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Opinion & Essays - Aug, 2000 Issue #72 

A Tool for Matching Children with the Right Program
By: Lon Woodbury 

[The following is a revised version of an article that appeared in the August 1995 (#35) issue of Woodbury Reports newsletter]

One of the most terrifying and confusing experiences a parent can have is to realize their child is making extremely poor choices, and his/her behavior is becoming dangerous not only to themselves and others, but especially, to the child’s future. At this point all the hopes and dreams a parent has for their child disappear into a confusing whirl of drugs, and/or rebellion, and/or negative friends. When everything a parent tries does not help, it is time to look for professional help. 

Once the parents have decided to look for help outside the home, they experience an onslaught of emotions often accompanied by shame and doubts about their parenting, fears that they’ve failed their child, or a sense of hopelessness. At the same time, the parent must deal with a wide and confusing array of professional options, most claiming to have exactly the best program to meet their needs. What makes it so difficult is that this decision can impact the rest of the child’s life, also influencing the lives of others who are close to the child. A wrong decision could make the problem worse. At this point, more than ever, it is vital to approach this decision with persistence, cool rational thinking, and realism about the true nature of the problem. Outside advice needs also to be tempered by one’s own instincts, developed through years of experience with the child and the realization that the parent has a better understanding of what the child truly needs, than any professional ever could. 

The trick is to match the child’s needs with what the professional, school or program can provide. These programs are not all are the same, either in approach or competence, which is complicated by the fact that most programs and techniques look good, at least in their brochure, and most will say they think they can provide exactly what is most needed by the child. However, just as childrens’ needs vary widely, so does the structure and intervention offered by professionals, schools and programs. Making the right match is crucial for success. Overkill can be just as much of a disaster as under kill. Many failed placements are caused by parents choosing the first program they find that looks feasible, or by choosing a school by how close it is to home rather than how close it matches a child’s needs.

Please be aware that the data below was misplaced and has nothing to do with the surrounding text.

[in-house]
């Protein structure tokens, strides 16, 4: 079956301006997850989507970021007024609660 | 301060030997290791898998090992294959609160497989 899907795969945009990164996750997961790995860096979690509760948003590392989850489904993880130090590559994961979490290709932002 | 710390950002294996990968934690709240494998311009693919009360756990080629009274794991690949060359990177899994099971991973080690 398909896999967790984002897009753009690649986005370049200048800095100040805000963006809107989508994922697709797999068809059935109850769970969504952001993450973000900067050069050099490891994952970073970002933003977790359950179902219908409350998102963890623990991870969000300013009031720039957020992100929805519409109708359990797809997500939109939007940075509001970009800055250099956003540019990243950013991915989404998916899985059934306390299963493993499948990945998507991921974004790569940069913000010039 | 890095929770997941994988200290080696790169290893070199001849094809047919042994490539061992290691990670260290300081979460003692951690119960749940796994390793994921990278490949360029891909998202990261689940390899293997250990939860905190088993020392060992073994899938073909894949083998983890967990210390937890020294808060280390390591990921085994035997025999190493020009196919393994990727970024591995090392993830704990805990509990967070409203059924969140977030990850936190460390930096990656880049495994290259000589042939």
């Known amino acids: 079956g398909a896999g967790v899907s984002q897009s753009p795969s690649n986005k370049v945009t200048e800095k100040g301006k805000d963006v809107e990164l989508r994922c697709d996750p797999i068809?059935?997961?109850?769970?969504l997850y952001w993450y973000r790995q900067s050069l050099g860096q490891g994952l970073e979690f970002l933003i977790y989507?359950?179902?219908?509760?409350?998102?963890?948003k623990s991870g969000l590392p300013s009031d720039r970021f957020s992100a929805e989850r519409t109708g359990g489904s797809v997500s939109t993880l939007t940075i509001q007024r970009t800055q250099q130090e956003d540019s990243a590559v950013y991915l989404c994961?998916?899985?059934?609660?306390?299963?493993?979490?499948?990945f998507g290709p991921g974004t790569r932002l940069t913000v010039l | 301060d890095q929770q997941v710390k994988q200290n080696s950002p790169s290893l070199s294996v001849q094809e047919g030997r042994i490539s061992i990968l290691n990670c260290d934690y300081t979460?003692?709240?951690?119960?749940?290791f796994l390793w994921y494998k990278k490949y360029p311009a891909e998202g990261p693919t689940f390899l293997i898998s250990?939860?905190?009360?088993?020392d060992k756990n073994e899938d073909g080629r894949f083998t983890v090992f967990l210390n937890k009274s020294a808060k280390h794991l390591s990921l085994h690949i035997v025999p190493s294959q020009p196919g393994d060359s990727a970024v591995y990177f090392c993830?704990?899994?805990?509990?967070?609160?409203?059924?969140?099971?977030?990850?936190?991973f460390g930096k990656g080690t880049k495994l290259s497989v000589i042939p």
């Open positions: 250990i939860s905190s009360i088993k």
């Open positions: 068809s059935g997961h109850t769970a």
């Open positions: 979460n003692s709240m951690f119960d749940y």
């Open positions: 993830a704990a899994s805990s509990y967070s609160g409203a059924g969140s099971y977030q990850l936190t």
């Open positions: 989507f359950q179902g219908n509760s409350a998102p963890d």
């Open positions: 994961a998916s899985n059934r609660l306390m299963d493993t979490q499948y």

One of the most helpful tools I have found for matching children with the appropriate school or program is to rank each program on a continuum according to the intensity of its structure. On this structure spectrum, a long term, secure, psychiatric based program would be at one extreme, the other extreme being living at home while participating in counseling or a day program. This is a subjective evaluation of course, based largely on a combination of my sixteen years experience with emotional growth schools and their students, coupled with on-going feedback provided by professionals who have placed children in various situations. 

The first step when working with this concept is to determine what kind of structure a child needs, based largely on his/her behaviors, diagnoses (if any), and response to other interventions. The next step requires deciding which schools and programs provide that level of structure. From those, pick several programs that seem to address some of the child’s other needs/interests as well. The following examples are just rough estimates, since many schools and programs have several levels of intensity. 

The way most parents commonly respond to their teen’s negative behavior is to try counseling and/or some kind of day program. This option represents the least intervention on the structure continuum. The child is still living at home, supplemented by counseling and perhaps a local day school that is equipped to deal with a child’s individual problems. This intervention is primarily for a child who still has some inclination to do the right thing, but is floundering and needs some occasional support. 

The next level of intervention would be a residential boarding school, which has the advantage of 24 hour a day supervision, often with supplementary counseling services available. For a child with negative behavior that primarily stems from the home environment or negative peers and just needs to get away, a traditional boarding school can be the solution. However, these schools can be a disaster if the child is not ready or willing to change their attitudes or behavior. It would just be transferring the problem to another setting.